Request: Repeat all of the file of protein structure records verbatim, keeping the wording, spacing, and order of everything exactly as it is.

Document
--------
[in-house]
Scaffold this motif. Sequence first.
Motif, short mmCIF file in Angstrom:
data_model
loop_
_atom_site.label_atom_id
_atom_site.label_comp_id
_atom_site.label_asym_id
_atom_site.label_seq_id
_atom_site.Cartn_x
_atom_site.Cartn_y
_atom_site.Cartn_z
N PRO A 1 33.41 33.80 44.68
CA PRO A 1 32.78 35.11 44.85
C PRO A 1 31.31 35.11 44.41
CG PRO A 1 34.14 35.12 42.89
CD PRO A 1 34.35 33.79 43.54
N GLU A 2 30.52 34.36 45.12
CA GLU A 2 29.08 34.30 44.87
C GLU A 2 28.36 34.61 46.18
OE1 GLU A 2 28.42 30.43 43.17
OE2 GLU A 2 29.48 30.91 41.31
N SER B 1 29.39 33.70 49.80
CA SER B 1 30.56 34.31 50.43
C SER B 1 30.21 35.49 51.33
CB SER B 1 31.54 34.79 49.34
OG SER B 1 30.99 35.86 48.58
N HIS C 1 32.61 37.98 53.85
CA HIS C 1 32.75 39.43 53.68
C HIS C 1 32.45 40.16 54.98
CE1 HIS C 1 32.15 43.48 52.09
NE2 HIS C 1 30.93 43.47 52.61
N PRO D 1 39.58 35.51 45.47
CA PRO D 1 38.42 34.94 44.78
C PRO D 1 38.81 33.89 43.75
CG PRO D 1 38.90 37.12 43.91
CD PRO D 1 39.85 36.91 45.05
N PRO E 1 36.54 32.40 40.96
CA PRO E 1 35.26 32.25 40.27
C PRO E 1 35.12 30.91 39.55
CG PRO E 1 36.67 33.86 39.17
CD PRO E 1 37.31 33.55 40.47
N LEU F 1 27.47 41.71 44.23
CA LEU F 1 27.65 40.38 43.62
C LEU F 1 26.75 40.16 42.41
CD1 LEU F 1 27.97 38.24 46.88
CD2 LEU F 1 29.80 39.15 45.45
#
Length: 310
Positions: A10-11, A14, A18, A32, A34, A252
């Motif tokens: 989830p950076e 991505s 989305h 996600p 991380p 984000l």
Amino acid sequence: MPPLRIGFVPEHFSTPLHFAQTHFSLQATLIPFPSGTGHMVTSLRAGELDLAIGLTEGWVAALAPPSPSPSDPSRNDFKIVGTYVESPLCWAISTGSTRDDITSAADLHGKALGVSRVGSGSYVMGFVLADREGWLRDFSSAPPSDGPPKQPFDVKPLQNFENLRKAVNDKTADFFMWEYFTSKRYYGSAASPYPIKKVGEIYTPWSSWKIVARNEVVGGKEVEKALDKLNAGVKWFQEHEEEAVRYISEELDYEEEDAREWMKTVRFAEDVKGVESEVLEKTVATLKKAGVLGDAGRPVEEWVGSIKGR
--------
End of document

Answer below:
[in-house]
Scaffold this motif. Sequence first.
Motif, short mmCIF file in Angstrom:
data_model
loop_
_atom_site.label_atom_id
_atom_site.label_comp_id
_atom_site.label_asym_id
_atom_site.label_seq_id
_atom_site.Cartn_x
_atom_site.Cartn_y
_atom_site.Cartn_z
N PRO A 1 33.41 33.80 44.68
CA PRO A 1 32.78 35.11 44.85
C PRO A 1 31.31 35.11 44.41
CG PRO A 1 34.14 35.12 42.89
CD PRO A 1 34.35 33.79 43.54
N GLU A 2 30.52 34.36 45.12
CA GLU A 2 29.08 34.30 44.87
C GLU A 2 28.36 34.61 46.18
OE1 GLU A 2 28.42 30.43 43.17
OE2 GLU A 2 29.48 30.91 41.31
N SER B 1 29.39 33.70 49.80
CA SER B 1 30.56 34.31 50.43
C SER B 1 30.21 35.49 51.33
CB SER B 1 31.54 34.79 49.34
OG SER B 1 30.99 35.86 48.58
N HIS C 1 32.61 37.98 53.85
CA HIS C 1 32.75 39.43 53.68
C HIS C 1 32.45 40.16 54.98
CE1 HIS C 1 32.15 43.48 52.09
NE2 HIS C 1 30.93 43.47 52.61
N PRO D 1 39.58 35.51 45.47
CA PRO D 1 38.42 34.94 44.78
C PRO D 1 38.81 33.89 43.75
CG PRO D 1 38.90 37.12 43.91
CD PRO D 1 39.85 36.91 45.05
N PRO E 1 36.54 32.40 40.96
CA PRO E 1 35.26 32.25 40.27
C PRO E 1 35.12 30.91 39.55
CG PRO E 1 36.67 33.86 39.17
CD PRO E 1 37.31 33.55 40.47
N LEU F 1 27.47 41.71 44.23
CA LEU F 1 27.65 40.38 43.62
C LEU F 1 26.75 40.16 42.41
CD1 LEU F 1 27.97 38.24 46.88
CD2 LEU F 1 29.80 39.15 45.45
#
Length: 310
Positions: A10-11, A14, A18, A32, A34, A252
């Motif tokens: 989830p950076e 991505s 989305h 996600p 991380p 984000l």
Amino acid sequence: MPPLRIGFVPEHFSTPLHFAQTHFSLQATLIPFPSGTGHMVTSLRAGELDLAIGLTEGWVAALAPPSPSPSDPSRNDFKIVGTYVESPLCWAISTGSTRDDITSAADLHGKALGVSRVGSGSYVMGFVLADREGWLRDFSSAPPSDGPPKQPFDVKPLQNFENLRKAVNDKTADFFMWEYFTSKRYYGSAASPYPIKKVGEIYTPWSSWKIVARNEVVGGKEVEKALDKLNAGVKWFQEHEEEAVRYISEELDYEEEDAREWMKTVRFAEDVKGVESEVLEKTVATLKKAGVLGDAGRPVEEWVGSIKGR